THE REV. Bob Allen traveled to the edge four years ago when his
24-year-old daughter got diagnosed with breast cancer.
The pastor of Florissant Valley Christian Church in Florissant
knew he had to be the strong one for everybody, including his
congregation. But his brave front gave way late some nights, as he
drove home alone or awakened in the middle of the night.
It got worse before it got better: Allen's daughter died in
February. But the pastor found help in a support group at a private
counseling agency that specializes in treating problems of
Who ministers to the ministers? More people than ever, and not
enough, experts say. About a dozen nondenominational agencies in
the St. Louis area counsel clergy. Not long ago there were few.
One of the oldest, Care and Counseling in Creve Coeur, has
expanded to eight centers in the area. The interfaith agency treats
about 300 ministers and church professionals a year for burnout,
depression, alcoholism and improper sexual behavior.
Roman Catholic priests, nuns and brothers receive psychological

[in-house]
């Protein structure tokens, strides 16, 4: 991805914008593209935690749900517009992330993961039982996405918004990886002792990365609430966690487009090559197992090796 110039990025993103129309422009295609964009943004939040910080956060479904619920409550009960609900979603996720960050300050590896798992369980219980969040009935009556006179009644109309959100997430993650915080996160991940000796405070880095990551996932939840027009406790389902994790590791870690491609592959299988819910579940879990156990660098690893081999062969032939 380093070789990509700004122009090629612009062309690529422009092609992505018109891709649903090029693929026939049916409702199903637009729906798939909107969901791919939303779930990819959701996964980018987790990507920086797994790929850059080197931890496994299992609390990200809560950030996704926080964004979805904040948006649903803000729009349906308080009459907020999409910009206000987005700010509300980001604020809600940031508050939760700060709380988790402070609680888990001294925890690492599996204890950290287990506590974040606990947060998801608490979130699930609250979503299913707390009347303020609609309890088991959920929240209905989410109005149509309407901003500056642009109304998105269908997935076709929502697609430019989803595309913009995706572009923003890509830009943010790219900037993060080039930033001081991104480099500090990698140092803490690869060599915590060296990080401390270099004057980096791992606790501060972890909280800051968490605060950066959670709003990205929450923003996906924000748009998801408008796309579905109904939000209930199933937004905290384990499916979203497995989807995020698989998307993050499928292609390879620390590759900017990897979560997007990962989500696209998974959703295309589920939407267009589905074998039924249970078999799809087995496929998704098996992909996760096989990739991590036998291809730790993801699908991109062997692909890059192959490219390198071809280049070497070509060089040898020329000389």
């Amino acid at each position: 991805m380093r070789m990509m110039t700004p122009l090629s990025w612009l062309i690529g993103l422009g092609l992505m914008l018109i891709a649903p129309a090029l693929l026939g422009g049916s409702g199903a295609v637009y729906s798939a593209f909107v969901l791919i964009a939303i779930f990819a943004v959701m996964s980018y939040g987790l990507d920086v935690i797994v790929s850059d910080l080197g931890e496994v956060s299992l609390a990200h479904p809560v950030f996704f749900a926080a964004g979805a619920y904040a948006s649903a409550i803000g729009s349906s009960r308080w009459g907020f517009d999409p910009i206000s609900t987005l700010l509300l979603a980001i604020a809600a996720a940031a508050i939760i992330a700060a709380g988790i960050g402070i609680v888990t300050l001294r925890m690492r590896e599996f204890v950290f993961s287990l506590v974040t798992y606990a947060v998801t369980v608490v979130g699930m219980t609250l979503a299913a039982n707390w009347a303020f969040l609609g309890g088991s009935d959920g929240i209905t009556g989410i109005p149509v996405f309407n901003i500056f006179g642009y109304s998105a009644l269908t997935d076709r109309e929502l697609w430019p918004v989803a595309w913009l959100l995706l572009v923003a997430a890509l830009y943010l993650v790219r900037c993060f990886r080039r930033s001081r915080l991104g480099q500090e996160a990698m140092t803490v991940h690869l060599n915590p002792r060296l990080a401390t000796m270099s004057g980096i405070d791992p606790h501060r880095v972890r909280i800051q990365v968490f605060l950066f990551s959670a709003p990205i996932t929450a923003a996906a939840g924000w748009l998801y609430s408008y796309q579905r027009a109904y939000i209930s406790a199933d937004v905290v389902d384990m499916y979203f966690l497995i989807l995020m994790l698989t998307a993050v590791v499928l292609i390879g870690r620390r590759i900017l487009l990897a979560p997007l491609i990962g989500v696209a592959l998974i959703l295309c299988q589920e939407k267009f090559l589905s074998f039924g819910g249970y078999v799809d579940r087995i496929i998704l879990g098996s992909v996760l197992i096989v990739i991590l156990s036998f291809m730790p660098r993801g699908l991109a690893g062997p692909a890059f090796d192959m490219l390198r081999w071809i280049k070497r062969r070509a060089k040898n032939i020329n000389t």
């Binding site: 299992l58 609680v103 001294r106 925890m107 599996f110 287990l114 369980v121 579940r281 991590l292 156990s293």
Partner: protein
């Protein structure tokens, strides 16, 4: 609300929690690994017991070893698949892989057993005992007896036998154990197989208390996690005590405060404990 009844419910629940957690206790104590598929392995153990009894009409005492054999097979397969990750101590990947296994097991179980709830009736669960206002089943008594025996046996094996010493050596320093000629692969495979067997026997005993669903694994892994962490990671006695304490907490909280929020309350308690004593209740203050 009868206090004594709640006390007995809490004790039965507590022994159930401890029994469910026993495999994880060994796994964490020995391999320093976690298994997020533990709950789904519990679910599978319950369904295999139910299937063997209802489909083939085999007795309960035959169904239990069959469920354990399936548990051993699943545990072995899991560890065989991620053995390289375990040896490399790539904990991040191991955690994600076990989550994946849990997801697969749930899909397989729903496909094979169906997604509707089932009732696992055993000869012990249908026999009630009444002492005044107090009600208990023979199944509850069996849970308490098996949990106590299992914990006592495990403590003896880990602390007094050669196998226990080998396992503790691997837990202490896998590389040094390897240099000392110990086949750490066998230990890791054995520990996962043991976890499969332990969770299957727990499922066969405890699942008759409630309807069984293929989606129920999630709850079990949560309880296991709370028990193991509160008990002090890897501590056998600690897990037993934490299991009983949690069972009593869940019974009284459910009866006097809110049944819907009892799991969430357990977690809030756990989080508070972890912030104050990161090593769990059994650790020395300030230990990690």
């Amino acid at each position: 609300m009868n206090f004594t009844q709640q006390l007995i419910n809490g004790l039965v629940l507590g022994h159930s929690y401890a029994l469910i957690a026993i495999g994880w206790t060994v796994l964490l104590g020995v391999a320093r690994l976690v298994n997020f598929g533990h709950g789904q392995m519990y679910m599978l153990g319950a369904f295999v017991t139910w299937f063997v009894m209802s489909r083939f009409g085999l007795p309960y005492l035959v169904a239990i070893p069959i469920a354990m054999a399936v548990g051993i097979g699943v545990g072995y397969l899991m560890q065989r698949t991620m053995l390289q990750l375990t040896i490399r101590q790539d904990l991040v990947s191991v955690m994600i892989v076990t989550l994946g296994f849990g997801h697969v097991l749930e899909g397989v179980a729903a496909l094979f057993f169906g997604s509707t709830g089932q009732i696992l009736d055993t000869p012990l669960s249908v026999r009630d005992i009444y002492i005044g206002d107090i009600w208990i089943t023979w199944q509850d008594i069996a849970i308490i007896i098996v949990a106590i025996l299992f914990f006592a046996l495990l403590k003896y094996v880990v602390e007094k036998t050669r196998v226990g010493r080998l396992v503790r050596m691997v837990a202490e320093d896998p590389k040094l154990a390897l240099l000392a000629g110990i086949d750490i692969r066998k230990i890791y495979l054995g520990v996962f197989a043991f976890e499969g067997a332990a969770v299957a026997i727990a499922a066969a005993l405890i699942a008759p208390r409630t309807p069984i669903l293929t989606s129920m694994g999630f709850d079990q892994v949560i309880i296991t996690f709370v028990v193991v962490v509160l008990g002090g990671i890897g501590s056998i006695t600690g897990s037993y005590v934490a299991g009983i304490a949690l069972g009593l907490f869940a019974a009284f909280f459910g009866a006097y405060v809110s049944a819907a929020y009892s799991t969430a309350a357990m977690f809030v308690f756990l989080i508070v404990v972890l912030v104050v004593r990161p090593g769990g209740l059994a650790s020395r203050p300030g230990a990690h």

counseling at two centers operated by or affiliated with the church.
The St. Louis Rabbinical Association operates an informal
network of rabbis trained as counselors who give advice to fellow
rabbis on a crisis hot line or refer them to professionals.
The Assemblies of God, one of the largest evangelical Christian
denominations, recently established a 24-hour telephone hot line
for troubled clergy to talk about stress. The callers are assured
confidentiality, because many Assemblies of God ministers fear they
will lose their jobs if they admit they need counseling.
Sign From Minister
The pressures on ministers were underscored last summer, when
the Rev. Timothy Brewer committed suicide. The popular pastor of
Central Presbyterian Church in Clayton had just returned to the
pulpit after losing a leg in an accident. He left a note saying
there were few places that a depressed inister can go for help
without ruining his ministry.
The Rev. Dale Kuhn, a 15-year veteran on the Care and
Counseling staff and a Lutheran minister, said parishioners often
hold their pastors up to an impossible godlike standard.
The family of a busy, preoccupied pastor can easily feel
neglected and depressed and may need therapy as much as the pastor,
"The pastor feels his call is from God also and that the
congregation must come first," he said. "I say the family must come
first because the minister who cannot take care of his own family
cannot serve others well."
Clergy spouses and children often live in a fishbowl.
"Clergy families can't be normal families," Kuhn said. "The
wives must be on all sorts of church committees and submerge their
personalities. The children can't be normal kids and step out of
line every once in a while. This creates a lot of stress for all. …